some details)
- maintain a conflicts based solution to RC bugs (if there's a bug in only
one program in a package, how should that be handled? Especially a minor
program in a package with many reverse dependencies)

I am personally of the belief that security updates for testing should go
to testing-proposed-updates or alike and not security.debian.org  Archives
in security.debian.org would then have to track later versions of packages
in testing so as not to be out of date. I feel that this could only be
reasonable/acceptable after a nearly solid freeze.

Security in testing and unstable almost requires BTS version tracking or
at least version tracking of RC bugs. mdz told me, and debian-devel
recently, that he's tracking what versions close security bugs. In a
private email he also told me that he's working on an interface and that
he can't release the information publicly right now as it sometimes
contains private information (probably for things like CERT co-ordination
of advisories). If you check the archives of debian-mentors and then
debian-debugs you'll see that Colin Watson is planning to work on version
tracking for the BTS (don't bug him, but if you're interested in
contributing, talk in debian-debbugs).

A conflicts based package solution could work a great deal nicer with a
version tracking BTS. A conflicts based solution might not have to care
about the minor program in a major package issue, nor have to track to see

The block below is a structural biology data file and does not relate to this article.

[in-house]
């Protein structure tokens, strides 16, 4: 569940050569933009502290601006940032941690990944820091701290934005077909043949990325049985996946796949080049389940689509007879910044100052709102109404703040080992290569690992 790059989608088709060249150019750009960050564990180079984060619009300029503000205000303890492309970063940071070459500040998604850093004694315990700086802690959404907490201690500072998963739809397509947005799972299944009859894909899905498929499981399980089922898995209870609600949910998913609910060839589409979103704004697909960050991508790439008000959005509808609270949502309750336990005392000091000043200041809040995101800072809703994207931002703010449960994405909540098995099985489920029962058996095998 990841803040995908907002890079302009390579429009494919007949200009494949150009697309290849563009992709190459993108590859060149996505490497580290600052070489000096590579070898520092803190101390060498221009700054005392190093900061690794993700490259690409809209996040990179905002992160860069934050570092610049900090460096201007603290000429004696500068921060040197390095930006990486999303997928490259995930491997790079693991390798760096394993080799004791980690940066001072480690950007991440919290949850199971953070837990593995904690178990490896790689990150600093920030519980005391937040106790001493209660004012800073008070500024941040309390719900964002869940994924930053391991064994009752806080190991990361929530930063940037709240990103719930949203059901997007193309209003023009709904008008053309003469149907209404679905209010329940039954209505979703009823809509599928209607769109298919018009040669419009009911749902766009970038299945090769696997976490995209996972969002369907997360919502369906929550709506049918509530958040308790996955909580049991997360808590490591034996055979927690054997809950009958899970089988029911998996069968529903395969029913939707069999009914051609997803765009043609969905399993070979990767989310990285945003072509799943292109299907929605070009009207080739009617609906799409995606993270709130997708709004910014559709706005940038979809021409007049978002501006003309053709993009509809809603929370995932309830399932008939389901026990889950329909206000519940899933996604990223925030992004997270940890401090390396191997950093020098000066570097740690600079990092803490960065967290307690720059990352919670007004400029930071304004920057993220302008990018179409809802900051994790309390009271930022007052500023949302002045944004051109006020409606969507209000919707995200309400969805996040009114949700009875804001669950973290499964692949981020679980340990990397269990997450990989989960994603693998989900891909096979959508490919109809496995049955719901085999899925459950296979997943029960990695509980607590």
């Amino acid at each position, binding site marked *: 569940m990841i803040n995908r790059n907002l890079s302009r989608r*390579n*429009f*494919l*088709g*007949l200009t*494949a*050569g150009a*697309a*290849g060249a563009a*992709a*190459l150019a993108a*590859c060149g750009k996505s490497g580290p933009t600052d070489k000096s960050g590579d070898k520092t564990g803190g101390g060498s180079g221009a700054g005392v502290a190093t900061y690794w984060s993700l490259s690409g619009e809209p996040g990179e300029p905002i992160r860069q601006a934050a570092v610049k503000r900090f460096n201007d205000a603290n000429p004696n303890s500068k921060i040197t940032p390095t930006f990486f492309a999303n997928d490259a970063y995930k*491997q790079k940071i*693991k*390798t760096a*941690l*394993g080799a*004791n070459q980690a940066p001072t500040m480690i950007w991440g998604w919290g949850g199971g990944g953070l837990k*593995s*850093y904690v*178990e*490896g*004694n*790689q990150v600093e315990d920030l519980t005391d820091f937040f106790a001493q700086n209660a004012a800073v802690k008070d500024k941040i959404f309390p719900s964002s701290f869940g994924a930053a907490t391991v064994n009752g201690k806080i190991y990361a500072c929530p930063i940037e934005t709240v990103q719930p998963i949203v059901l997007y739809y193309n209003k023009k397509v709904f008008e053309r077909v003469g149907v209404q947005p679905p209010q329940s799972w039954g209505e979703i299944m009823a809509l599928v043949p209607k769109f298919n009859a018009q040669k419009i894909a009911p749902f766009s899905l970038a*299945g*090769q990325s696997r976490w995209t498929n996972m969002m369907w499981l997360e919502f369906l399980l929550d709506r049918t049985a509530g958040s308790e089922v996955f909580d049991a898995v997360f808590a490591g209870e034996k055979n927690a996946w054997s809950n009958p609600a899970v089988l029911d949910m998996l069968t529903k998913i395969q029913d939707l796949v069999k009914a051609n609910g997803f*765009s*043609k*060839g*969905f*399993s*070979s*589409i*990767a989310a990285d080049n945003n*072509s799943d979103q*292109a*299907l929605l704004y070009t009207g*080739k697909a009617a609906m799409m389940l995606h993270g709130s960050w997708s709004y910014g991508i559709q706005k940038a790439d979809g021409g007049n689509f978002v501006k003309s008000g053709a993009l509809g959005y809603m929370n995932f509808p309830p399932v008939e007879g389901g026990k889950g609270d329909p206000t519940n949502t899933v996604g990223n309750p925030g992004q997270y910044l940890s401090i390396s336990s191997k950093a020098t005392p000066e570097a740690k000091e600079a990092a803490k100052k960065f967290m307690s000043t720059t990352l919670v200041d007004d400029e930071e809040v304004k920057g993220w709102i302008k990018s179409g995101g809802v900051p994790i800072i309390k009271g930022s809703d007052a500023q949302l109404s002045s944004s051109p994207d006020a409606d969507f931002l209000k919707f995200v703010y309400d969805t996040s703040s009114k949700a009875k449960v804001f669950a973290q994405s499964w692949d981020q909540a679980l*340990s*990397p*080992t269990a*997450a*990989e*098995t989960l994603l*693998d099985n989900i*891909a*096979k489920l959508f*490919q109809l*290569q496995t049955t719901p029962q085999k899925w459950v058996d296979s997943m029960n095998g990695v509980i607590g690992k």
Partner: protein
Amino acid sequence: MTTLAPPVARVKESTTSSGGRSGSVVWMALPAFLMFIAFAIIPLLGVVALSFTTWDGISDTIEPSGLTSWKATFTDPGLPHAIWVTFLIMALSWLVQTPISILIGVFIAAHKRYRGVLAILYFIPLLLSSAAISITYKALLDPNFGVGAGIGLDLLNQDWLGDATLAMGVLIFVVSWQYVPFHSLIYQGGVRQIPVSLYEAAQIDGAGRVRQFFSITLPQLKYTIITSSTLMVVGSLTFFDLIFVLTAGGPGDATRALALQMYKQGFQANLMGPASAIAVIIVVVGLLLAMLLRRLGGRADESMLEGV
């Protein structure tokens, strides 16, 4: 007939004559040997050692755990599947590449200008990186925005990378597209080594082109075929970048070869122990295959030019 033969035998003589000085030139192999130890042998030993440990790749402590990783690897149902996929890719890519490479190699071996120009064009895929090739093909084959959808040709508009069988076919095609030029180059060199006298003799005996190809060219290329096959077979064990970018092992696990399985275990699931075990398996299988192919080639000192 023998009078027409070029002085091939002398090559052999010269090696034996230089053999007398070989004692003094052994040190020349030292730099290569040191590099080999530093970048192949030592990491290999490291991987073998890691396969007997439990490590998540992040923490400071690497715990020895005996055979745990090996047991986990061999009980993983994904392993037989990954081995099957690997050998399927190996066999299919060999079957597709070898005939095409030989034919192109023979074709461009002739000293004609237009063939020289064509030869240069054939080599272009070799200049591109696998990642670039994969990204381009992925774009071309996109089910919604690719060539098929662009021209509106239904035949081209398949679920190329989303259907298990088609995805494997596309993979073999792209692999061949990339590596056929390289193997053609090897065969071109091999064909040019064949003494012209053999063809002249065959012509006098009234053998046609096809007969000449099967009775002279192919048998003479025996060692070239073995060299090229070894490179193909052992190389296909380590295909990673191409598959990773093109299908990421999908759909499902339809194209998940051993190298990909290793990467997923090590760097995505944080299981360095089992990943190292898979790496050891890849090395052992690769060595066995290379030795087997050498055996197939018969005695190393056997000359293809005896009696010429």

when a testing fix makes it into testing, but it certainly would be
helpful. It'd also be nice if a conflicts based solution could have
version conflicts to allow fixes from unstable, stable or oldstable.

I can say for certain that there are outstanding DSA worthy issues (e.g.
ptrace in the Linux Kernel, see [1] for details), but I can't say as to
when or if they will be released. I've been hoping that a security policy
could be adopted such as earlier ones discussed in an old debian-devel
thread [2]. It was suggested (implied by two statements in [2]) that
advisories should be issued within one week even if a patch is not
available, while I don't totally agree with that, I would like there to be
a canonical place to track *public* security bugs. A public security bug
is one that has been reported elsewhere (see [3] for some places). There
is a problem with this in that it takes a great deal of time and effort to